District resident Samuel Lyndell Powell is running for president. The 46-year-old goes by the nickname "Uncle Sam," and on the campaign Web site Project Vote Smart (www.vote-smart.org), he lists among his qualifications an affection for all animals -- especially dogs. However, his "most special talent" is his ability to "whistle any song written."

Every election has its share of independents, though with a few notable exceptions (Ralph Nader comes to mind), most campaign in noble obscurity. Take Robert Lee of Alexandria, for example, who is mounting his sixth presidential challenge since 1984: He says his dream team would include Yo Yo Ma as secretary of education; Clint Eastwood as director of the Bureau of Alcohol, Tobacco, Firearms and Explosives; and Bill Gates as secretary of the Treasury.

So how do these idealists join the race? It's easier than you might think -- and, better yet, there's still plenty of time. As long as you're a natural-born U.S. citizen (sorry, Gov. Schwarzenegger), age 35 or older, and have lived in the country for at least 14 years, you can grab a catchy slogan and follow this primer.

GET YOUR NAME OUT. Rules differ by state. To be listed on the ballot in the District, you'll need a petition signed by 3,500 registered D.C. voters filed with the D.C. Board of Elections by 5 p.m. on Aug. 17. In Virginia, you'll need more than 10,000 signatures, with at least 400 from each of the state's 11 congressional districts, filed by Aug. 20. And in Maryland, you'll need a petition signed by 28,000 registered voters, filed by Aug. 2. You'll also need a running mate from outside your state, so start sweet-talking long-distance friends.

If finding tens of thousands of John Hancocks sounds daunting -- and assuming you're not Puff Daddy, we can assume it does -- don't give up: You don't have to be on the ballot to run. If you can persuade voters to write your name in the blank section on the ballot when they cast their votes, you can run as a write-in candidate. Better still, the registration deadline for write-ins in the District is 4:45 p.m. on Nov. 9 -- a full week after the polls close! In Maryland you'll have to be quicker (Oct. 27), and in Virginia, you'll need to be quicker still (Oct. 23).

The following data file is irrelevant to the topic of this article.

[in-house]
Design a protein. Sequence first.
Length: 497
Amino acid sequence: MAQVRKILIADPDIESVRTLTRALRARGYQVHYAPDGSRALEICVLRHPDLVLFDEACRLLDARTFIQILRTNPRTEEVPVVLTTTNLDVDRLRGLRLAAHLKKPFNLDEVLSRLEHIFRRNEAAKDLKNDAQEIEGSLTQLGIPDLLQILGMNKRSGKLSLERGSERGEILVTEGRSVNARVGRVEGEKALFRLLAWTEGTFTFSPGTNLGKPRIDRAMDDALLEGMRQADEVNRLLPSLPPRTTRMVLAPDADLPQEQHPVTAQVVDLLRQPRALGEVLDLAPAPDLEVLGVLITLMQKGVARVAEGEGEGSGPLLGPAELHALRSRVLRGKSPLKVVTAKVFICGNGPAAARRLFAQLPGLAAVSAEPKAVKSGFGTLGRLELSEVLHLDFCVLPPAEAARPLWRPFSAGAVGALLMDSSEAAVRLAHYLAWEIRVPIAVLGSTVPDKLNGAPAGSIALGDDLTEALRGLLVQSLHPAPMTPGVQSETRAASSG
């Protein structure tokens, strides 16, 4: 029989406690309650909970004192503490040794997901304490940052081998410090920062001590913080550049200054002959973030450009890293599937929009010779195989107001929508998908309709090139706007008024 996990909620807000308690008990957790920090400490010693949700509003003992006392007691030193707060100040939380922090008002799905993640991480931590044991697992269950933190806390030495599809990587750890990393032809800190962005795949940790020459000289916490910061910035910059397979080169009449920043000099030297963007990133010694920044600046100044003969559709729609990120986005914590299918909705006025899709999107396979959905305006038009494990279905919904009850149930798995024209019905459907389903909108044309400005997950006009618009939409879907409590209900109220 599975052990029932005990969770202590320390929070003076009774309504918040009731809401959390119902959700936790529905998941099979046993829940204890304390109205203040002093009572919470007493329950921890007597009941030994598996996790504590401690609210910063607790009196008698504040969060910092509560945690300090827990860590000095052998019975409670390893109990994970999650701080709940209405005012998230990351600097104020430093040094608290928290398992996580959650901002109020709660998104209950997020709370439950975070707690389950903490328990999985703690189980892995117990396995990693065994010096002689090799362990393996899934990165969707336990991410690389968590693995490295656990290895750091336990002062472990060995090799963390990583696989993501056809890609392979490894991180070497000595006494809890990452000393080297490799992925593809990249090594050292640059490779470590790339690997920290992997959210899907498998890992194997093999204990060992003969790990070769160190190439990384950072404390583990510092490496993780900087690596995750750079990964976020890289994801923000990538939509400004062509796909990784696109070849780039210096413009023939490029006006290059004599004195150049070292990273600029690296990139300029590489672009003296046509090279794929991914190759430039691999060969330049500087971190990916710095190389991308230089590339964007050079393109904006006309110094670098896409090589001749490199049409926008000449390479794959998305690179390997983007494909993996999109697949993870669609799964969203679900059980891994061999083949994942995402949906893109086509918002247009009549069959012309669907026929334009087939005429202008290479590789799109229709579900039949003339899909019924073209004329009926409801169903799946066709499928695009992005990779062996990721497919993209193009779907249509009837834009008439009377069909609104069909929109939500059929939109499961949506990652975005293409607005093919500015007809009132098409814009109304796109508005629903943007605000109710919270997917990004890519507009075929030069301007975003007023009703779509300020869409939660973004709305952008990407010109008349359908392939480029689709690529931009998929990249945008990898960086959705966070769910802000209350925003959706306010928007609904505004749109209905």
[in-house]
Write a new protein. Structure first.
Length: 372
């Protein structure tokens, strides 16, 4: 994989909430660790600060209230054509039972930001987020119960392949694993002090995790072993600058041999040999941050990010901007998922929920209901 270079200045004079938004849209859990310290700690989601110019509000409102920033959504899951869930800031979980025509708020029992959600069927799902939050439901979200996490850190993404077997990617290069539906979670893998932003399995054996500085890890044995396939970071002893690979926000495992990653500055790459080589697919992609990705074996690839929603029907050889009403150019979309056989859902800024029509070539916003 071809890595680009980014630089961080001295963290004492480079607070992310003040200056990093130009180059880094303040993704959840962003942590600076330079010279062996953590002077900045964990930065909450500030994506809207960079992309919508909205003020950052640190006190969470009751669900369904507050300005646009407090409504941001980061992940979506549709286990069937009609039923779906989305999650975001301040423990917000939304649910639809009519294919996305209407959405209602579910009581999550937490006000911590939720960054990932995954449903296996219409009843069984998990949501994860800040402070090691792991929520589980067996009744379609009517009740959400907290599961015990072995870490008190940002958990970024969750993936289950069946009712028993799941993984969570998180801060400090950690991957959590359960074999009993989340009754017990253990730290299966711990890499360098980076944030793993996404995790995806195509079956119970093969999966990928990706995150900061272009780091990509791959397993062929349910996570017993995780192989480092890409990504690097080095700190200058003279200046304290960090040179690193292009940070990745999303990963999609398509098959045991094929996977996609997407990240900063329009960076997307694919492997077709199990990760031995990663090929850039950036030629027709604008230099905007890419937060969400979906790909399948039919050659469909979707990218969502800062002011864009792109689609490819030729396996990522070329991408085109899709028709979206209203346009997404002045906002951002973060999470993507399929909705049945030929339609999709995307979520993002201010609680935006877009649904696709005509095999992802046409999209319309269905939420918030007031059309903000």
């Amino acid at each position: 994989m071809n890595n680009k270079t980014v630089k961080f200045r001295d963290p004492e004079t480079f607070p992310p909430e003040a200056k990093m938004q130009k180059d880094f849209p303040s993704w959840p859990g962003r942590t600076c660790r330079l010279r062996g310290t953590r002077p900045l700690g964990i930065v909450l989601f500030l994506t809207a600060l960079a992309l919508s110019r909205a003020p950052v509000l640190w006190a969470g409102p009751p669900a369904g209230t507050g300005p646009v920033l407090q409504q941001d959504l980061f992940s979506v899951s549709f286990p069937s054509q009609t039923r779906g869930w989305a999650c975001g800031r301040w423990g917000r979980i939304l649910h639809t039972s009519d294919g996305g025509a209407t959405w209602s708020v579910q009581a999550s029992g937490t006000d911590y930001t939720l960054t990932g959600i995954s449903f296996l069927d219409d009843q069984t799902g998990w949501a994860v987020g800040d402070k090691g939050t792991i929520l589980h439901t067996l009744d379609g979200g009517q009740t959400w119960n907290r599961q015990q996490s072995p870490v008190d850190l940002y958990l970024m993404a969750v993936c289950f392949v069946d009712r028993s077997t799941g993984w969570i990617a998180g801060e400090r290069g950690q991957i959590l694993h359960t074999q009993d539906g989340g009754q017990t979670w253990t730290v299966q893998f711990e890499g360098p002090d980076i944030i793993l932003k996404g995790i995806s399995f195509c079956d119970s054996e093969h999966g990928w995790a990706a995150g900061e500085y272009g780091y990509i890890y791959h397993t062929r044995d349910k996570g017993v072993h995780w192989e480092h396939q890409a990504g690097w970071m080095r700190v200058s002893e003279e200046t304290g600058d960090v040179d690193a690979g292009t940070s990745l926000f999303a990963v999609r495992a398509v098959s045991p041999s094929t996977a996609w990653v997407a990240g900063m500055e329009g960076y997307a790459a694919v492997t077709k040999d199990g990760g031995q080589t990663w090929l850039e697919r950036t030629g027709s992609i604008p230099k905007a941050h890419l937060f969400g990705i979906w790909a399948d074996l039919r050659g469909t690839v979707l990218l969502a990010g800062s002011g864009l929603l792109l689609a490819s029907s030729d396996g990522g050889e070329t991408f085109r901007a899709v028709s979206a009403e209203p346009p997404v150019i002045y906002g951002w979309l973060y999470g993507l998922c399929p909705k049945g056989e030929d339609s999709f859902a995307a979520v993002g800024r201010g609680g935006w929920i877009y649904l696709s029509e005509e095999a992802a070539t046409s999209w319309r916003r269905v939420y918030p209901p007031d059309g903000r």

CONQUER THE RED TAPE. Whether you're on the ballet or a write-in, you must satisfy certain requirements. First, you have to file a notarized Declaration of Candidacy with the local board of elections. You'll also need to nominate people to the Electoral College (three in the District, 10 in Maryland and 13 in Virginia). They must be registered voters in and residents of the state/District (and yes, Mom will do). If you plan to raise more than $5,000, you must also register with the Federal Election Commission, which monitors compliance with campaign finance regulations.

PREPARE TO PAY. In Virginia and Maryland, as long as you're a registered write-in candidate, your total will be tallied. But in the District, the Board of Elections will not count individual write-ins unless the election is won by less than 1 percent, triggering a recount. To find out how many votes you received, you'll need to pay $50 per precinct, or $7,100 for all 142 precincts. But hey, who cares about 10 or 20 votes? Just running for our nation's highest office is reward enough. (Right, Mr. Gore?)

The electoral process has many nuances. For in-depth information on each of these areas, see www.dcboee.org (Washington), www.sbe.state.va.us (Virginia) and www.elections.state.md.us (Maryland).

Paul Berger and Kate Stohr